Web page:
Monday, January 19, 2009

Optimists of the week

These chaps who are trying to advertise two-bedroom flats in Chelsea at £950,000 in a recession.

Why optimistic, you say? Even non-Londoners know Chelsea is expensive (no idea why, but still).

Well, the flats are located at the council estate end of the famous King's Road 20 minutes bus journey from the nearest underground or rail station. Despite Sloane Square tube (at the other end of the King's Road) being just one tube stop from Victoria, it would take 40 minutes to get there by public transport. The best way of getting anywhere is by boat.

Again for the benefit of non-Londoners, housing is priced by perceived ease of transport as well as by scuzziness of the area. Places in Zone 4 with fast trains can be as expensive as somewhere closer to central London (Zone 2) on a slow tube line. Living more than 15 minutes walk from a tube or rail station, to a Londoner, is akin to buying a small croft in the Outer Hebrides and trying to commute to the West End everyday.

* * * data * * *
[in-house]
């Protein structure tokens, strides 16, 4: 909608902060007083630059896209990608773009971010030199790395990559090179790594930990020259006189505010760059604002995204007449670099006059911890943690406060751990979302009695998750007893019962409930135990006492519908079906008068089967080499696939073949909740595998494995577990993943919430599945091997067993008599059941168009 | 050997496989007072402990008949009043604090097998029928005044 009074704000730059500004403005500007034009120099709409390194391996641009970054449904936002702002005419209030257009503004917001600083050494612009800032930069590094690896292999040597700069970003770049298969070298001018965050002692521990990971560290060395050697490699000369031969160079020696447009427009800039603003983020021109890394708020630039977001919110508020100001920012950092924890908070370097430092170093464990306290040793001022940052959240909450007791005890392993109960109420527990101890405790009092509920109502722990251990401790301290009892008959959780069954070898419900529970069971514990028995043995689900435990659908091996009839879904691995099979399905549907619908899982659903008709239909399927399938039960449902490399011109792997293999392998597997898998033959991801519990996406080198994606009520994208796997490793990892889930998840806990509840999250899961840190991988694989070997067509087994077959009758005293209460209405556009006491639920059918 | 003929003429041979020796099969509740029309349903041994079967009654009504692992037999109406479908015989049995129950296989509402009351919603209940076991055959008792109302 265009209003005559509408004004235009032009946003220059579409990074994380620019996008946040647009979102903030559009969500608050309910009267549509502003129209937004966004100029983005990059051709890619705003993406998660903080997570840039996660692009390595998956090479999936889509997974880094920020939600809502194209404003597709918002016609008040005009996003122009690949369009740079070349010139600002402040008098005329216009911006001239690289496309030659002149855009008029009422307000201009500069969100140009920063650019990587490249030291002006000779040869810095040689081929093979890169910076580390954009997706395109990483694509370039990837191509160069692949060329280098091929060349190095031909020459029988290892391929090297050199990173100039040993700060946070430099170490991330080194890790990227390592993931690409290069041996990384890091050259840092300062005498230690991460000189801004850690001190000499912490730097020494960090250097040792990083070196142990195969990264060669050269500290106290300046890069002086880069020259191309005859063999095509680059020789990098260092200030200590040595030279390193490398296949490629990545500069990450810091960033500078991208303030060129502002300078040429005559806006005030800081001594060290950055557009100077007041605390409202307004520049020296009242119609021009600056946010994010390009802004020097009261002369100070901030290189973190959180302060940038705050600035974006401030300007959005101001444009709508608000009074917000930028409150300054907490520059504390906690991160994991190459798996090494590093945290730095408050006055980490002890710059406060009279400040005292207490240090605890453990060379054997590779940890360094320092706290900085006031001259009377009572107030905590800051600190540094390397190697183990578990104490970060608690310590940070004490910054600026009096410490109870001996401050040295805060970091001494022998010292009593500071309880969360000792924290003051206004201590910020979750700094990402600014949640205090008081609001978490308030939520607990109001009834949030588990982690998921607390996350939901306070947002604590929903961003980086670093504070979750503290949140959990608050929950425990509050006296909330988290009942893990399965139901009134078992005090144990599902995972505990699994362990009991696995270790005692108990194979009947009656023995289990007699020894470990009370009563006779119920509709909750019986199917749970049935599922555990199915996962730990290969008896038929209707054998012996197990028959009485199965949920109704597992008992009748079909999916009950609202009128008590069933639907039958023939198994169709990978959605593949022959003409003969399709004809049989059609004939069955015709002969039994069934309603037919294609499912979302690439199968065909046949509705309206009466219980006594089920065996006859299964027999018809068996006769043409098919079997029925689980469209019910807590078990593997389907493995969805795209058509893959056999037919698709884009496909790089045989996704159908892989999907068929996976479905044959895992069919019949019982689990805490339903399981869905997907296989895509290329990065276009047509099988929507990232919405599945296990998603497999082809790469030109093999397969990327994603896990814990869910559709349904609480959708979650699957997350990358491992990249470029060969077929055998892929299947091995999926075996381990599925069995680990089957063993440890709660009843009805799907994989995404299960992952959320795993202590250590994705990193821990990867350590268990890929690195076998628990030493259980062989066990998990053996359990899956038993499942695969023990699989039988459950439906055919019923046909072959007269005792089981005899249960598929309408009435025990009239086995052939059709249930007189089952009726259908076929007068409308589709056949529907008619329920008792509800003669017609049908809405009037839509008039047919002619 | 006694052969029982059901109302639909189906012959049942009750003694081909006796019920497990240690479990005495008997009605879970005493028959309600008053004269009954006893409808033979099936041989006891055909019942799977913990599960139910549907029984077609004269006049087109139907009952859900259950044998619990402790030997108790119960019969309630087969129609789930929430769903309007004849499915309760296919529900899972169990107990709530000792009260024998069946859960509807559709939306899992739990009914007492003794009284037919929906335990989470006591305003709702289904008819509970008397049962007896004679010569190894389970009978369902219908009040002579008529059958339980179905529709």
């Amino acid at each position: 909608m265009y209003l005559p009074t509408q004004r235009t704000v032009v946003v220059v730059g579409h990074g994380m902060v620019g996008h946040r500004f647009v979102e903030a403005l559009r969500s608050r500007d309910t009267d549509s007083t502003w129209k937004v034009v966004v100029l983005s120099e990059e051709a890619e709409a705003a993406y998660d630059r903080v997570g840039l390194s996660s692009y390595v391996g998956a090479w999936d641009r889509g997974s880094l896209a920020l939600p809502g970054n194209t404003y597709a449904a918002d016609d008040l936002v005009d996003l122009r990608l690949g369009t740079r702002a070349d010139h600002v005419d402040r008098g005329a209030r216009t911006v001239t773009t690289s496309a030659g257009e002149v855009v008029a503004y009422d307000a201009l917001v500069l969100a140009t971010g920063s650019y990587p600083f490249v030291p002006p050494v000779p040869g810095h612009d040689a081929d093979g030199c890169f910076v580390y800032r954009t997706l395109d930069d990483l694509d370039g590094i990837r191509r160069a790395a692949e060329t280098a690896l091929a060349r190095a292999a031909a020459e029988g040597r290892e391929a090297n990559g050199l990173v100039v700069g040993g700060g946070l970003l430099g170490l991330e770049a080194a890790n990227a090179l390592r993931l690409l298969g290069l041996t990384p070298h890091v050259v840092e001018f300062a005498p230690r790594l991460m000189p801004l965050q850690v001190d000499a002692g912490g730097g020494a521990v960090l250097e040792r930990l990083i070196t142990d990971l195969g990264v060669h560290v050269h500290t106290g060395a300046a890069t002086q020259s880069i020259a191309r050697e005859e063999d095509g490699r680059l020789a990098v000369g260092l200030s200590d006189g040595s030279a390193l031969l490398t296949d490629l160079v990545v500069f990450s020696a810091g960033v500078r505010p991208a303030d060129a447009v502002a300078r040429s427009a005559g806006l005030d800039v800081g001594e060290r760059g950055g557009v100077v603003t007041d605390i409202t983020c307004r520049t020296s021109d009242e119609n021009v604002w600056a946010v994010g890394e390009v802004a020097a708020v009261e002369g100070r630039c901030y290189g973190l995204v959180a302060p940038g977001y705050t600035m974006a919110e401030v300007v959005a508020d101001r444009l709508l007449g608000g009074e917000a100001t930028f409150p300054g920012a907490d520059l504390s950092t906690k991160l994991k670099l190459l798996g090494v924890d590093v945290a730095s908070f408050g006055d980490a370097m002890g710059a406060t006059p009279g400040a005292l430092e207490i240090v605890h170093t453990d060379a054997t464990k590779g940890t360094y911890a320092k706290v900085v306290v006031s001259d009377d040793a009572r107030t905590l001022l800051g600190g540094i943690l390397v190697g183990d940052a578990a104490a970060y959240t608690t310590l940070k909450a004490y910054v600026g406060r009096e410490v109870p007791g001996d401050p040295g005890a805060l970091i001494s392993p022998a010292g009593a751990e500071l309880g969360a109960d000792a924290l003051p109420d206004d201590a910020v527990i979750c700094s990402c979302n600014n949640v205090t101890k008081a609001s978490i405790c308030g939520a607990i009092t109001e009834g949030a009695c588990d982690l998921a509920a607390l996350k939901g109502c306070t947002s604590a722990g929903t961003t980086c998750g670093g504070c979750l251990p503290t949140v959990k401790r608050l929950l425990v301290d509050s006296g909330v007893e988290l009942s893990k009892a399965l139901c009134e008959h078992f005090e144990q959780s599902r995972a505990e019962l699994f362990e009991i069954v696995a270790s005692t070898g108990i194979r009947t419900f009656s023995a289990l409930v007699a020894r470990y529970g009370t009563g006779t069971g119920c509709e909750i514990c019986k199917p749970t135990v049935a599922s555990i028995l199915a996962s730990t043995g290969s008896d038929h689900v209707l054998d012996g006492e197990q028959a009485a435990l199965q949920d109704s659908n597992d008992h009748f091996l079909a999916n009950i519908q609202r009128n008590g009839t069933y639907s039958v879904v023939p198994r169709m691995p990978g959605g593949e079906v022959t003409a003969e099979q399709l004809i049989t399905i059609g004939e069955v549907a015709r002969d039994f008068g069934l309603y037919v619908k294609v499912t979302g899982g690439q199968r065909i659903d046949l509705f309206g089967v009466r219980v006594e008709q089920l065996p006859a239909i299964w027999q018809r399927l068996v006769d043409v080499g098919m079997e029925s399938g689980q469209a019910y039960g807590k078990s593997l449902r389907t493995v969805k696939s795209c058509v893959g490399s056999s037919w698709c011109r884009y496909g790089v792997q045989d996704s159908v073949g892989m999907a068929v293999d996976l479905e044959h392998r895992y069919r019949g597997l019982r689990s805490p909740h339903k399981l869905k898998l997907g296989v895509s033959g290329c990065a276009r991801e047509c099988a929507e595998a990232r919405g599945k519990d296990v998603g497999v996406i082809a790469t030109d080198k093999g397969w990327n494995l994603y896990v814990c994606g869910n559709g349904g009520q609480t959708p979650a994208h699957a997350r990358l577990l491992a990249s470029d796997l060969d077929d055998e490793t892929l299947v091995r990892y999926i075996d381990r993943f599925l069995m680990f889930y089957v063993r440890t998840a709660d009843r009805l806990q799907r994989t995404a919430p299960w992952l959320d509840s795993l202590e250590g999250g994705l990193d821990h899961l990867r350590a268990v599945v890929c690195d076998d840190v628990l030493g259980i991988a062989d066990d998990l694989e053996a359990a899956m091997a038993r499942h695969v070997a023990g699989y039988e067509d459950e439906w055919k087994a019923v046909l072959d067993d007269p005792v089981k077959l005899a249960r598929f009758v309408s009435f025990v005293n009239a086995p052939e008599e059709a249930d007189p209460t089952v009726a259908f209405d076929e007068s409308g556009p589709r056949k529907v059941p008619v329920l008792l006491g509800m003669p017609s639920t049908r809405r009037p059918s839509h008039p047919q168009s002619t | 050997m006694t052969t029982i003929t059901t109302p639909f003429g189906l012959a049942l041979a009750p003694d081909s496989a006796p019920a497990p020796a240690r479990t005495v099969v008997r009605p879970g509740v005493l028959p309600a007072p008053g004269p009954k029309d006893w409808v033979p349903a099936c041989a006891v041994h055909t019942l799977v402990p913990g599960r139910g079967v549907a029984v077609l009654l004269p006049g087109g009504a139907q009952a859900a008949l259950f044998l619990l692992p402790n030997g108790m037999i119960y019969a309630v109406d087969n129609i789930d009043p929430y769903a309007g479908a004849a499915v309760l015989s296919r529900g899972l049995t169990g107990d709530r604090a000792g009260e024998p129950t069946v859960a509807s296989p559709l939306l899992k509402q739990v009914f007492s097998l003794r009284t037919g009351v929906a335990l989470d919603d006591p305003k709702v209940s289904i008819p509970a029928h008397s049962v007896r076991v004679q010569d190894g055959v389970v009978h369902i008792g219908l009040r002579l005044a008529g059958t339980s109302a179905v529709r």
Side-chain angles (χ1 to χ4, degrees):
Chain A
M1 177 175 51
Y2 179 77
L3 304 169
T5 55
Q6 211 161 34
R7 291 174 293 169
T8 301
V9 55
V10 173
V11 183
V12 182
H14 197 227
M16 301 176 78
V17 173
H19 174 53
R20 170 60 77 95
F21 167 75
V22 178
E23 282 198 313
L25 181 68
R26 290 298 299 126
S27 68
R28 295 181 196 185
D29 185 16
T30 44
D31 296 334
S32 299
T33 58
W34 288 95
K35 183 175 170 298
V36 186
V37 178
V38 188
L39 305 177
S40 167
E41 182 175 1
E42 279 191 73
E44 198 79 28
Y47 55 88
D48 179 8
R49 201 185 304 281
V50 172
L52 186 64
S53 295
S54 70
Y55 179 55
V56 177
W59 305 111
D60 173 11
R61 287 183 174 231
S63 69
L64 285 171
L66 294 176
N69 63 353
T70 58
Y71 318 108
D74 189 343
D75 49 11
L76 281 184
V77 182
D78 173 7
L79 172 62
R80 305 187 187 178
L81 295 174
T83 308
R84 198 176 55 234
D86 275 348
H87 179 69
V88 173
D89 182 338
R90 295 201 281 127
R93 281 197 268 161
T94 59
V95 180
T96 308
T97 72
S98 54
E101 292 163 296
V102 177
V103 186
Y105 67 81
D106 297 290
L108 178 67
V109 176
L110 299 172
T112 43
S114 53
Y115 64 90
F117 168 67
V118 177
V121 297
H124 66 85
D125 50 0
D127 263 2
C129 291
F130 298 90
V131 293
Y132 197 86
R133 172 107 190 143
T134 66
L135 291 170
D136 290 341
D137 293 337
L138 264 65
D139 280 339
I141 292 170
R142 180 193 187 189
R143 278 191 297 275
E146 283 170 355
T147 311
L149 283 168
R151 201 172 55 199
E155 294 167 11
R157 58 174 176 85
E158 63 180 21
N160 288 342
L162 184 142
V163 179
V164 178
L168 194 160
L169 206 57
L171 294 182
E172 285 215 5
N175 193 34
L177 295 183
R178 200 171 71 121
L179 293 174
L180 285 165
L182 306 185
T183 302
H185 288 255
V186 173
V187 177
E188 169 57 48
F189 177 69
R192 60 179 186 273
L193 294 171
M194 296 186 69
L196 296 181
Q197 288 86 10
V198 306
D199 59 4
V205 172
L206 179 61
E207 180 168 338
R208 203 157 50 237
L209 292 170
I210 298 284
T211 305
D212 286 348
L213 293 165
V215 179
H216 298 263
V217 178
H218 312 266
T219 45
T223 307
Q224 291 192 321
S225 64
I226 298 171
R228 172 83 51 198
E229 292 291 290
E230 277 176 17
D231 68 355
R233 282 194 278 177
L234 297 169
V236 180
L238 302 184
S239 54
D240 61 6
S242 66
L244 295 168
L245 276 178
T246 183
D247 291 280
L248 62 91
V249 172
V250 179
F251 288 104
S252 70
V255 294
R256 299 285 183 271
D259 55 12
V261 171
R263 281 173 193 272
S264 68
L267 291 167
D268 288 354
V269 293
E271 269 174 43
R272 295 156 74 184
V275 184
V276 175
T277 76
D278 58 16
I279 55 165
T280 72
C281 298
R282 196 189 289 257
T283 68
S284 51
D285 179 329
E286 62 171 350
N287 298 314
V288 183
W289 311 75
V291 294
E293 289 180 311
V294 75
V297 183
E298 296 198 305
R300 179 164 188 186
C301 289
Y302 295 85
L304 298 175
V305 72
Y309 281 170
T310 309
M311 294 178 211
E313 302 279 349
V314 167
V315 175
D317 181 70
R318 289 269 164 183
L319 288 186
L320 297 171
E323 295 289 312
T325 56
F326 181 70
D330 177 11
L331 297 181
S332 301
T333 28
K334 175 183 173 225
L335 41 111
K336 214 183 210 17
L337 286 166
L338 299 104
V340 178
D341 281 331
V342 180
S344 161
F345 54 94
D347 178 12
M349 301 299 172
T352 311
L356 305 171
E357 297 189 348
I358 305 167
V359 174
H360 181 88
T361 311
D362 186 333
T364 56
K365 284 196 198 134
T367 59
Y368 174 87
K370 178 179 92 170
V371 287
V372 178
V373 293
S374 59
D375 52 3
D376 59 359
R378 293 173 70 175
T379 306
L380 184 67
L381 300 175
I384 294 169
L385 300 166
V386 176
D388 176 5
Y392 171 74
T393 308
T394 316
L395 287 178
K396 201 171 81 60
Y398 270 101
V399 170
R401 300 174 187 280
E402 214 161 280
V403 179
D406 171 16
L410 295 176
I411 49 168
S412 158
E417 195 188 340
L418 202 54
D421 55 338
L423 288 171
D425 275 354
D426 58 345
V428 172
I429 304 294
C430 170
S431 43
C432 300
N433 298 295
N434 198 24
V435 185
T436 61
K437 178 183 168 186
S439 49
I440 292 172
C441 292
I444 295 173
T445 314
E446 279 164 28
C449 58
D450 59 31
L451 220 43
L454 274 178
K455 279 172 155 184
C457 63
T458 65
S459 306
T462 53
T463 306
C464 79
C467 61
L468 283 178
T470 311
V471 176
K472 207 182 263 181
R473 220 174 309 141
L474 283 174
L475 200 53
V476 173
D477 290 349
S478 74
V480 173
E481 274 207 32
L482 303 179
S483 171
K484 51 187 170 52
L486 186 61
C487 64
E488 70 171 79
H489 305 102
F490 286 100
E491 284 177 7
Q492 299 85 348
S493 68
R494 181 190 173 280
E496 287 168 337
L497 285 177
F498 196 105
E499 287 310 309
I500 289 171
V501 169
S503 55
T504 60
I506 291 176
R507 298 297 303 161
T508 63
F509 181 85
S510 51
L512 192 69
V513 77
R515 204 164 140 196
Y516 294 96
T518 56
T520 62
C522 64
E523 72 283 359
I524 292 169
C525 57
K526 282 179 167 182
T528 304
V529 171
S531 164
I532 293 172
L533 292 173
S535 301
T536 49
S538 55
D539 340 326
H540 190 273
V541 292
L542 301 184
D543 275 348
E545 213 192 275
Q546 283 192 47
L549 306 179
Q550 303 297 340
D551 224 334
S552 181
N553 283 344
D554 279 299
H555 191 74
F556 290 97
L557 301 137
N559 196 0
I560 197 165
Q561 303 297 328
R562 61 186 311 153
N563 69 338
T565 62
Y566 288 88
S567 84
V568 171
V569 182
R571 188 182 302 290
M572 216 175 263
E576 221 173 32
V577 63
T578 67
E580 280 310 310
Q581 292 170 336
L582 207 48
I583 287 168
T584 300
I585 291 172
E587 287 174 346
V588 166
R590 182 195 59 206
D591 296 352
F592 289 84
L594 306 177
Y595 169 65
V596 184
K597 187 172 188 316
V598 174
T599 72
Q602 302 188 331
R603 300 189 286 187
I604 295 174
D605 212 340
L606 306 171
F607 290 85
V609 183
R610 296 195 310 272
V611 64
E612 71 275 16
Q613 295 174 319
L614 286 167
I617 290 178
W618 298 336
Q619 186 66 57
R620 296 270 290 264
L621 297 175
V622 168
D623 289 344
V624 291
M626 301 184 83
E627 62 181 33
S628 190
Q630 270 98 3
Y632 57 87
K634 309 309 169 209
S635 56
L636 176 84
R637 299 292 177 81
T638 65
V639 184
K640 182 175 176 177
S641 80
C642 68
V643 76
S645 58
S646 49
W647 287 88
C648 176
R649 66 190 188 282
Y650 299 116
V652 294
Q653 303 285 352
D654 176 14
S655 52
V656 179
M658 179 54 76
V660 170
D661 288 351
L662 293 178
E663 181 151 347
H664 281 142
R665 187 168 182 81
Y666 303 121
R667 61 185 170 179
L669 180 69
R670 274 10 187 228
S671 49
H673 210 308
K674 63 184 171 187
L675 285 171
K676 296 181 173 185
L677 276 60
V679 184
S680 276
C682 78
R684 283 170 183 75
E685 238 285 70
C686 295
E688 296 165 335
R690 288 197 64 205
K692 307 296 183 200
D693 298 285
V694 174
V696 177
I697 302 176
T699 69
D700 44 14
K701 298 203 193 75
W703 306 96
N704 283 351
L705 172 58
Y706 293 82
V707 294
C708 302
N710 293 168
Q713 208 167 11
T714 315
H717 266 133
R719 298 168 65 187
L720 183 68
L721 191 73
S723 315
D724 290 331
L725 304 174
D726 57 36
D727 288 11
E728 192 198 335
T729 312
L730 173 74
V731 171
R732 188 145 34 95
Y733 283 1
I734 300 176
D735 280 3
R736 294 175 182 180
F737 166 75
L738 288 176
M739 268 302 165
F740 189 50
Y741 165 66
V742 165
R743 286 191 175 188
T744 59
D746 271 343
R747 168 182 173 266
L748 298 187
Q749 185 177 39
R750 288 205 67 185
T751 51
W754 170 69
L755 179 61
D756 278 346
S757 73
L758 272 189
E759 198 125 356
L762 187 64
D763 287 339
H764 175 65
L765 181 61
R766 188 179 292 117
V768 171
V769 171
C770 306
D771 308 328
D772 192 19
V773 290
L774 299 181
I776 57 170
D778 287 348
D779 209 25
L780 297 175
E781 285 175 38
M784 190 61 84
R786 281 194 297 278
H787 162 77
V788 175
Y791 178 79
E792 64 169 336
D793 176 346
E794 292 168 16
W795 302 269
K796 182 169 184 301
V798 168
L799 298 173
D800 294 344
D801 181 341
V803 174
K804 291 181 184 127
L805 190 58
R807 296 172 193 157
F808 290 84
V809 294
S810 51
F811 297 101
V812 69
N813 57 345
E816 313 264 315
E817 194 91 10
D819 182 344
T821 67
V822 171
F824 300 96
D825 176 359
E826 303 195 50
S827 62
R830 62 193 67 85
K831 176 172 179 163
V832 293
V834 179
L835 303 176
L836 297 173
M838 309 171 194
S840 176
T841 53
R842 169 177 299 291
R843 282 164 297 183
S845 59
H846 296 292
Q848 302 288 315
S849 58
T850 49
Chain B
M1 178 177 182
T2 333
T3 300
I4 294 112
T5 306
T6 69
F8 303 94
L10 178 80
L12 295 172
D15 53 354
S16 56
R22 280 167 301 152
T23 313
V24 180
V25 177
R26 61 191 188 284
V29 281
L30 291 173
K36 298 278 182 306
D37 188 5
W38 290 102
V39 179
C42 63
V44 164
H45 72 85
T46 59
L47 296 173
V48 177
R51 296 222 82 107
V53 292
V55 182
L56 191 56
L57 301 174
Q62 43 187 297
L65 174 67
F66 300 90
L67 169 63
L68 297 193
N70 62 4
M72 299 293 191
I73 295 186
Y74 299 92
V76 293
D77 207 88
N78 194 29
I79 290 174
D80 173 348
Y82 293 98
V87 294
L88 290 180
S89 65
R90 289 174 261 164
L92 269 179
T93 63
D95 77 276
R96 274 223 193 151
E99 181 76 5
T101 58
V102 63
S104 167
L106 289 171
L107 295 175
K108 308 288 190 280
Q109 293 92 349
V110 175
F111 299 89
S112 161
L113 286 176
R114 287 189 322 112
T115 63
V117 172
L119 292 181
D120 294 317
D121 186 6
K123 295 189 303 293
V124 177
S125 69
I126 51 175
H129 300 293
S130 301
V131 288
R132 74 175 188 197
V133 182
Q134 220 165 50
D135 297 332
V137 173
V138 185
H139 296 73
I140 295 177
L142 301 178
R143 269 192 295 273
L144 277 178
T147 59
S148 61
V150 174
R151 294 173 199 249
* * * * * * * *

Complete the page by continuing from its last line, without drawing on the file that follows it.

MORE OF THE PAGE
Chelsea (and Dulwich Village in south London) is a special case - it seems to be expensive precisely because there is no public transport (see Chelsea Tractor). However, if you wanted to drive or take taxis everywhere because you could afford to, you wouldn't live at the council estate end of Chelsea.

The flats are being advertised as being close to Imperial Wharf overground station, which hasn't been built yet. They are also advertised as being close to the King's Road, which is true, provided you are willing to walk through an industrial estate.

Suggest people buy these flats direct from the bank...


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